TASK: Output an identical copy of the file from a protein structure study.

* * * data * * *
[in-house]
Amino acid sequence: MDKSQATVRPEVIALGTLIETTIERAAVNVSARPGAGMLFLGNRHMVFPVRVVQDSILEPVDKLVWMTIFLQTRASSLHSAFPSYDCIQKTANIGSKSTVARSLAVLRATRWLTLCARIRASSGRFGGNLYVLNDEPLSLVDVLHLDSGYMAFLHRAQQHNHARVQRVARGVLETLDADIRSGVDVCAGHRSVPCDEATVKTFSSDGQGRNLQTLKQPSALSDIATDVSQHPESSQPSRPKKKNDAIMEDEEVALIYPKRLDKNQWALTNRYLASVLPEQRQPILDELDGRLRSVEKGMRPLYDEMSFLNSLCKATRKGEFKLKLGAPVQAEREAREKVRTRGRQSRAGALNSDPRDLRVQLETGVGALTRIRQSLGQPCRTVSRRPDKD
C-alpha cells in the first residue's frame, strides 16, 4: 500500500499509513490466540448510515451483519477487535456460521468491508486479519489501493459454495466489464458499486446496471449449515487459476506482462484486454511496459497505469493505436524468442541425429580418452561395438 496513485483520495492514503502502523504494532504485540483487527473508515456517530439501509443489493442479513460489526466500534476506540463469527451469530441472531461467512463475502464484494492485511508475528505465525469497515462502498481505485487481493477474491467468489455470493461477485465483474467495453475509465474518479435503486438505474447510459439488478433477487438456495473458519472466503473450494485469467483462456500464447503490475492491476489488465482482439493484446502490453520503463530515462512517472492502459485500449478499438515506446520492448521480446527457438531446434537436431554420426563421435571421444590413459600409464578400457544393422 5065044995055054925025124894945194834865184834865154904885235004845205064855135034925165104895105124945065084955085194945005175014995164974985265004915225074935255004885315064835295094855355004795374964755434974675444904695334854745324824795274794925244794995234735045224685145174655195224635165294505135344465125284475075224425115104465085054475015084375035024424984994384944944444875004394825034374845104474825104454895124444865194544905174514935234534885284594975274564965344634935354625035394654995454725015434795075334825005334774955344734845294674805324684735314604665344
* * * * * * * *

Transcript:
[in-house]
Amino acid sequence: MDKSQATVRPEVIALGTLIETTIERAAVNVSARPGAGMLFLGNRHMVFPVRVVQDSILEPVDKLVWMTIFLQTRASSLHSAFPSYDCIQKTANIGSKSTVARSLAVLRATRWLTLCARIRASSGRFGGNLYVLNDEPLSLVDVLHLDSGYMAFLHRAQQHNHARVQRVARGVLETLDADIRSGVDVCAGHRSVPCDEATVKTFSSDGQGRNLQTLKQPSALSDIATDVSQHPESSQPSRPKKKNDAIMEDEEVALIYPKRLDKNQWALTNRYLASVLPEQRQPILDELDGRLRSVEKGMRPLYDEMSFLNSLCKATRKGEFKLKLGAPVQAEREAREKVRTRGRQSRAGALNSDPRDLRVQLETGVGALTRIRQSLGQPCRTVSRRPDKD
C-alpha cells in the first residue's frame, strides 16, 4: 500500500499509513490466540448510515451483519477487535456460521468491508486479519489501493459454495466489464458499486446496471449449515487459476506482462484486454511496459497505469493505436524468442541425429580418452561395438 496513485483520495492514503502502523504494532504485540483487527473508515456517530439501509443489493442479513460489526466500534476506540463469527451469530441472531461467512463475502464484494492485511508475528505465525469497515462502498481505485487481493477474491467468489455470493461477485465483474467495453475509465474518479435503486438505474447510459439488478433477487438456495473458519472466503473450494485469467483462456500464447503490475492491476489488465482482439493484446502490453520503463530515462512517472492502459485500449478499438515506446520492448521480446527457438531446434537436431554420426563421435571421444590413459600409464578400457544393422 5065044995055054925025124894945194834865184834865154904885235004845205064855135034925165104895105124945065084955085194945005175014995164974985265004915225074935255004885315064835295094855355004795374964755434974675444904695334854745324824795274794925244794995234735045224685145174655195224635165294505135344465125284475075224425115104465085054475015084375035024424984994384944944444875004394825034374845104474825104454895124444865194544905174514935234534885284594975274564965344634935354625035394654995454725015434795075334825005334774955344734845294674805324684735314604665344